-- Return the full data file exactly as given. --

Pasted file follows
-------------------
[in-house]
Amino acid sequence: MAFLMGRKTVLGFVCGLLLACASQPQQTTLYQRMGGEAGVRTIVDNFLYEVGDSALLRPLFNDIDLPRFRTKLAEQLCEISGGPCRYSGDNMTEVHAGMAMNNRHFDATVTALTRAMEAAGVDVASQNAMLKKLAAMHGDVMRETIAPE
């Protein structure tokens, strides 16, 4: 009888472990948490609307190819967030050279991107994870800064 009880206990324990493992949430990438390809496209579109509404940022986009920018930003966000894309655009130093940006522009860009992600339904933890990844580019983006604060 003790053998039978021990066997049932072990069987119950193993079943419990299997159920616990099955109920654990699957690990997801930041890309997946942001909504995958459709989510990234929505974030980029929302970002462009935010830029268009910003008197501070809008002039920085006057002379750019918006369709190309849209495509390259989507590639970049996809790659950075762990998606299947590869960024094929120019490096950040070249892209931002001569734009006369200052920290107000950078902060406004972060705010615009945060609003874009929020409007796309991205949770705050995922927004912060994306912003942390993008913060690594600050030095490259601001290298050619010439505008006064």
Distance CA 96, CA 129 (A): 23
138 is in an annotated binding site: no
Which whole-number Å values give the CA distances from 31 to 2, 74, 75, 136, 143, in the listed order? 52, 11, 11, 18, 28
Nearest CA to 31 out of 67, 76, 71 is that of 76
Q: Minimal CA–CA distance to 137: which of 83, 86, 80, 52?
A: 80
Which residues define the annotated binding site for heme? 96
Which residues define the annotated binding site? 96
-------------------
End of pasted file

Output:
[in-house]
Amino acid sequence: MAFLMGRKTVLGFVCGLLLACASQPQQTTLYQRMGGEAGVRTIVDNFLYEVGDSALLRPLFNDIDLPRFRTKLAEQLCEISGGPCRYSGDNMTEVHAGMAMNNRHFDATVTALTRAMEAAGVDVASQNAMLKKLAAMHGDVMRETIAPE
């Protein structure tokens, strides 16, 4: 009888472990948490609307190819967030050279991107994870800064 009880206990324990493992949430990438390809496209579109509404940022986009920018930003966000894309655009130093940006522009860009992600339904933890990844580019983006604060 003790053998039978021990066997049932072990069987119950193993079943419990299997159920616990099955109920654990699957690990997801930041890309997946942001909504995958459709989510990234929505974030980029929302970002462009935010830029268009910003008197501070809008002039920085006057002379750019918006369709190309849209495509390259989507590639970049996809790659950075762990998606299947590869960024094929120019490096950040070249892209931002001569734009006369200052920290107000950078902060406004972060705010615009945060609003874009929020409007796309991205949770705050995922927004912060994306912003942390993008913060690594600050030095490259601001290298050619010439505008006064």
Distance CA 96, CA 129 (A): 23
138 is in an annotated binding site: no
Which whole-number Å values give the CA distances from 31 to 2, 74, 75, 136, 143, in the listed order? 52, 11, 11, 18, 28
Nearest CA to 31 out of 67, 76, 71 is that of 76
Q: Minimal CA–CA distance to 137: which of 83, 86, 80, 52?
A: 80
Which residues define the annotated binding site for heme? 96
Which residues define the annotated binding site? 96